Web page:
From periodic episodes of mounting and urine marking, to roaming and fence jumping, intact male teenager dogs express their "maleness" in a plethora of creative ways.
Just like a testosterone-packed teenagers, intact male dogs exhibit many undesirable behaviors.
"All in all, parenting a dog that is going through its adolescence years is not a walk in a park. You will be challenged on a daily basis and faced with many unwanted behaviors.
Some of those behaviors are funny, some are embarrassing, and some have the potential to become dangerous," points out veterinarian Dr. Ivana Crnec.
Female dogs host their array of hormonally-driven behaviors too. They'll go in to heat at any time after the age of six months, and this can trigger roaming and urine marking to communicate her availability.
The Second Fear Period
In the midst of the adolescent stage, there is also a second fear period (the first one took place between 8 and 11 weeks), generally taking place between the age of 6 to 14 months.
This is a time when your Labrador may suddenly begin to be suspicious of things. For instance, he may bark at the mailman or a man wearing a hat. He may become startled upon seeing a flag moving with the wind or a large tree in the dark.
During this time, any frightening experience will make an even bigger impression on your dog. You should continue to socialize and train your dog during this period, however, you should be extra cautious to never put your Lab into overwhelming situations.
The best way to deal with these frightening moments is to treat them with patience. Do not force your dog to face his fear, or scold him if he acts out in an inappropriate manner.
High Energy Behaviors
Labradors retrievers are normally energetic dogs. After all, they were used for retrieving downed ducks over large open fields. This required a good amount of energy and stamina.
As the Labrador adolescent stage begins, your Lab's energy levels will likely reach their peak. They'll be jumping, running around and exploring when they have the opportunity, and possibly, digging, barking and chewing when they're bored.
Training and mental stimulation are two of the most effective methods to channel your dog's energy, but they may not be enough.
Labradors need walks, socialization and playtime to release their energy. Some thrive on being given a "job" or being enrolled in a doggy sport.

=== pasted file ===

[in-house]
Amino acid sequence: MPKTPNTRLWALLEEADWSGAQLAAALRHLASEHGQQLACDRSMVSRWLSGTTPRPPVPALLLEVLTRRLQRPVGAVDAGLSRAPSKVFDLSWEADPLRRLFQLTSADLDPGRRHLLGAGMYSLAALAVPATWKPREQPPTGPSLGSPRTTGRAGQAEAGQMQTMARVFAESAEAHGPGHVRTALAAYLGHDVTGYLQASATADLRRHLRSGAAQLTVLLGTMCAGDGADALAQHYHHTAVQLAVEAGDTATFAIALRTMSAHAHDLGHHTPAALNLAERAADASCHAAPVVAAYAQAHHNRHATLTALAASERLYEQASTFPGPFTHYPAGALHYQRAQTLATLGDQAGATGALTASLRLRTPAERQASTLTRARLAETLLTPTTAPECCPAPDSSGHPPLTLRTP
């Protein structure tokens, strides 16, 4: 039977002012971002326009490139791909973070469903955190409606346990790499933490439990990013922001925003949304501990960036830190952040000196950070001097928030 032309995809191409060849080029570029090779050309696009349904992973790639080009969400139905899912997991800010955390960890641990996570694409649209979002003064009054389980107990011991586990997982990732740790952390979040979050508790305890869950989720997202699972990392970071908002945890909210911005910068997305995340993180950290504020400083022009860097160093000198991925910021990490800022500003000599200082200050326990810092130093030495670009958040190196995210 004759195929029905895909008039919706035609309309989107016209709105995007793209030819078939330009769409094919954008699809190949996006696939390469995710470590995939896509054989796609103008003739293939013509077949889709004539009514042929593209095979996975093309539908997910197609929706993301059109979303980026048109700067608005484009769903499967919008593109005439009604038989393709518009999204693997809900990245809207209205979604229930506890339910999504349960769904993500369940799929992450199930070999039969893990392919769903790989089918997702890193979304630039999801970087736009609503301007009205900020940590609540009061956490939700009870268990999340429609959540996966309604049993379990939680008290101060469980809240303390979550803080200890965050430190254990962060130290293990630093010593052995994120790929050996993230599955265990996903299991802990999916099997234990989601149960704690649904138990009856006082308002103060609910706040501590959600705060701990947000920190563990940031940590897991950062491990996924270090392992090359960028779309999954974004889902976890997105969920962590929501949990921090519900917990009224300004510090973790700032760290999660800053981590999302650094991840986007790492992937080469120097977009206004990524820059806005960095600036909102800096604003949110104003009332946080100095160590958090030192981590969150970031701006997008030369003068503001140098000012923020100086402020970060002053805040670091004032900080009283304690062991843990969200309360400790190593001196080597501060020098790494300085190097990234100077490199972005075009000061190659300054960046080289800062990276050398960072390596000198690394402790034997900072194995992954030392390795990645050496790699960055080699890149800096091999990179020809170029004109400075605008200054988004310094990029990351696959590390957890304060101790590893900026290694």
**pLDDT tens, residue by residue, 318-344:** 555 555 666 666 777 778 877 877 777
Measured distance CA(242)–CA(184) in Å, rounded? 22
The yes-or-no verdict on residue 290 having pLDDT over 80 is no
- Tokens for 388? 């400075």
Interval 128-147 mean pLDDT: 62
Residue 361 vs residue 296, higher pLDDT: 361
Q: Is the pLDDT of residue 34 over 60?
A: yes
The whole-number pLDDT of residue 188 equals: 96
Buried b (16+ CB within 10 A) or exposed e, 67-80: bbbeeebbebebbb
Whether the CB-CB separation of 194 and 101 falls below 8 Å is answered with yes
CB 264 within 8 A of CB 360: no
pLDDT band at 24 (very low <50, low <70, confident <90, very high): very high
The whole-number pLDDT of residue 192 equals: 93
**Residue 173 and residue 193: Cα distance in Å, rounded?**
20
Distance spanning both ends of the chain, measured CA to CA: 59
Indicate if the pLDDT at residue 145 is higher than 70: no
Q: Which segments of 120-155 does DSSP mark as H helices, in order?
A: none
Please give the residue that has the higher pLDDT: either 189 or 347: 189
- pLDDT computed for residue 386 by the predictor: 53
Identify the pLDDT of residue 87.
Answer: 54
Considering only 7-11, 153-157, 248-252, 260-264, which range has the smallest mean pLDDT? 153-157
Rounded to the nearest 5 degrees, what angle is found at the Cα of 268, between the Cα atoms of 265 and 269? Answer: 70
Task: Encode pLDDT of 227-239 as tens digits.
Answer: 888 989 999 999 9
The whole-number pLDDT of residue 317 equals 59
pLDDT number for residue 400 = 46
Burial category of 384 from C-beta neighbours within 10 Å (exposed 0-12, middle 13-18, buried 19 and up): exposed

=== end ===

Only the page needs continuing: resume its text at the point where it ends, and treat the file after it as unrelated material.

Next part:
Labradors are naturally water-loving dogs. Exercise in the water will burn more calories than running or walking. If you don't have a pool or access to a beach, your Lab may love the sport of dock diving.
Consult with a vet before enrolling your Lab in any sports or allowing any high-impact exercise considering the risk to your dog's growth plates.
If you're ultimately able to give your Labrador both the necessary exercise and mental stimulation, your Lab will be less likely to be destructive.
Did you know? The amount of exercise a Labrador needs can vary based on its genetic make-up. Labs from working bloodlines tend to require more exercise than Labs bred to be pets.
Prevention is Worth a Pound of Cure!
Adolescence is an important phase of your Labrador's development and will help your puppy become a well-rounded adult dog.
While your Labrador's adolescent stage can be hard on you, keep reminding yourself that it's just a temporary phase. As long as you're prepared for the inevitable, the teen years will pass with little fuss.
If you have been diligent enough to start training your Labrador puppy since he was a pup, you've laid a solid foundation for this stage that can help you a whole lot and will pay off in the long run.
Folks, who have bypassed puppy training by remarking "he's just a puppy!" have missed out laying such foundation and will face more challenges once adolescence is around the corner.
Remember though that during the early stages of puppyhood, your pup's attention span is relatively short, so it's best to avoid long and tedious training sessions.
If doggy parents have also failed to provide consistent rules (followed by all members of the family), by the time the pup becomes adolescent, they'll be more difficult to establish.
All in all, the adolescent period is moment of challenges, but it's also true that it's a transitory stage. You'll eventually see the light at the end of the tunnel.
When you feel defeated, simply think about your Labrador as a human teenager. He just needs your gentle guidance and consistency in his life. Be patient.
Keep holding refresher training sessions. Keep on working on better impulse control. Here are some great exercises: 10 impulse control games for dogs.
And don't forget about keeping that brain busy! Provide loads of mental stimulation, brain games, food puzzles, safe chew toys, start clicker training, enroll him in a canine sport and take him on sniffing adventures.
However, don't forget to teach him how to chill too. Training your Labrador to lie on a mat can turn helpful.
The more you keep that big Labrador brain busy in positive ways, the greater the chances you'll help your developing pup grow into a wonderful adult companion. Happy training!